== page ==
|Publication number||US6146019 A|
|Application number||US 09/322,584|
|Publication date||Nov 14, 2000|
|Filing date||May 28, 1999|
|Priority date||Jun 2, 1998|
|Also published as||CN1105833C, CN1242480A, DE19824310C1, EP0962674A2, EP0962674A3, EP0962674B1, US6263575|
|Publication number||09322584, 322584, US 6146019 A, US 6146019A, US-A-6146019, US6146019 A, US6146019A|
|Inventors||Gerd Andler, Jens-Peter Heinss, Klaus Goedicke, Christoph Metzner|
|Original Assignee||Federal-Mogul Wiesbaden Gmbh|
|Export Citation||BiBTeX, EndNote, RefMan|
|Patent Citations (2), Referenced by (13), Classifications (23), Legal Events (7)|
|External Links: USPTO, USPTO Assignment, Espacenet|
1. Technical Field
The invention relates to a plain bearing, comprising a backing member and at least one metallic overlay, which is applied by means of electron beam vapour deposition. The invention also relates to a method of producing a plain bearing having such an overlay.
2. Related Prior Art
Examples of plain bearings are radial bearings, axial bearings and axial/radial bearings, the functional area being present in flat or curved form and coating being effected in the finished state or during an intermediate stage, such as at the semifinished product stage for instance (strips or strip portions of flat form).
In general, plain bearings used for such purposes comprise multilayer composite systems of the following construction: steel support member serving as backing material, bearing metal layer of a Cu, Al or white metal alloy and a so-called sliding or third layer or overlay, which may be applied either by an electroplating process (E. Romer: Three-component bearings of GLYCO 40; GLYCO Engineering Report 8/67) or by a cathodic sputtering process as described in EP 0 256 226 B1. Layers applied by electroplating, which are generally based on Pb or Sn, exhibit the disadvantages of frequently inadequate corrosion resistance and low wear resistance. Furthermore, the electroplating process is in itself dubious from the environmental point of the view.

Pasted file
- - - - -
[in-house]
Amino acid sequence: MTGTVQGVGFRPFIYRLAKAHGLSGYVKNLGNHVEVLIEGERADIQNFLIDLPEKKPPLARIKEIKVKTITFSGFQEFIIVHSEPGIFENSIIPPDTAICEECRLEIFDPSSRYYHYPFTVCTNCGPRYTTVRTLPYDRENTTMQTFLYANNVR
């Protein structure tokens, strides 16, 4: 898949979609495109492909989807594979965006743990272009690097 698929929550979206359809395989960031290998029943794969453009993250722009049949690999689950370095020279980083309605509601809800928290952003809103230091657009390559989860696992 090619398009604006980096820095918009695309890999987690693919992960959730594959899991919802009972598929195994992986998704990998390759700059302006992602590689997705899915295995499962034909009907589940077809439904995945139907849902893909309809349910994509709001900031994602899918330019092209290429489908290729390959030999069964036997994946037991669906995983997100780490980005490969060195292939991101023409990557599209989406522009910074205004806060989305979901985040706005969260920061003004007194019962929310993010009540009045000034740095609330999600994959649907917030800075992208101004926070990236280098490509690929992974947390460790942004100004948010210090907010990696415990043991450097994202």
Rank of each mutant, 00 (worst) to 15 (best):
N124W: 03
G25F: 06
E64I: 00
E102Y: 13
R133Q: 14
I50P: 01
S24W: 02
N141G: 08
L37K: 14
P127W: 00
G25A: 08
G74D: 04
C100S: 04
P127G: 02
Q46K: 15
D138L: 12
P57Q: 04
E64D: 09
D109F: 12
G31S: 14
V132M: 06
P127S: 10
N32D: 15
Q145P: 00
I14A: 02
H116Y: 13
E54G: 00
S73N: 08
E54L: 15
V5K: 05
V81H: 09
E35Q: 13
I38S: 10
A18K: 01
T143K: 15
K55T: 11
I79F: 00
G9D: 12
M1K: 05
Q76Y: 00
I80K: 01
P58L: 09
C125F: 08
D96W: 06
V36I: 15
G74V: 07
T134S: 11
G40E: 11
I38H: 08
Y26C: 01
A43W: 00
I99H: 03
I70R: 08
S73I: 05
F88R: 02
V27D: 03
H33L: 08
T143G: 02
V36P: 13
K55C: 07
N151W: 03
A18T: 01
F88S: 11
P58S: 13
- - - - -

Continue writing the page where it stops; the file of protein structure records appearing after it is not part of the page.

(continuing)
Where overlays are applied by the sputtering method, a considerable cost factor is introduced with respect to the complete plain bearing, owing to the low deposition rates achievable therewith and the high technical complexity of the equipment needed.
Moreover, it is known from DE 43 90 686 T1 that these overlays with special surface structures (pyramid-shaped crystal grains on the surface of the Pb layer deposited by electroplating) exhibit excellent blocking and fatigue strength. This situation may be put down to good oil retention and to the dispersion and reduction of a concentratedly applied load by the pyramid-shaped crystal grains of the surface. Disadvantages of this method are that once again an electroplating process is used, with all the attendant shortcomings, and the process for producing this special surface structure is very expensive, since it is a multistage process with additional heat treatment. Furthermore, the surface layer consists of a lead alloy of questionable toxicity.
DE 196 08 028 A1 likewise describes a special sliding surface structure, which has a positive effect on sliding properties. The corrosion sensitivity of the surface is countered on the one hand by hexagonal pyramid-shaped metal crystals in the surface or by the inclusion of oxygen, phosphorus etc in the sides of the pyramids (hardening effect). This method is used exclusively for iron-based alloys, the specially structured sliding surface consisting of Fe crystals. A typical application is the coating of piston pins. Their tribological properties render such alloys unsuitable for use for plain bearings.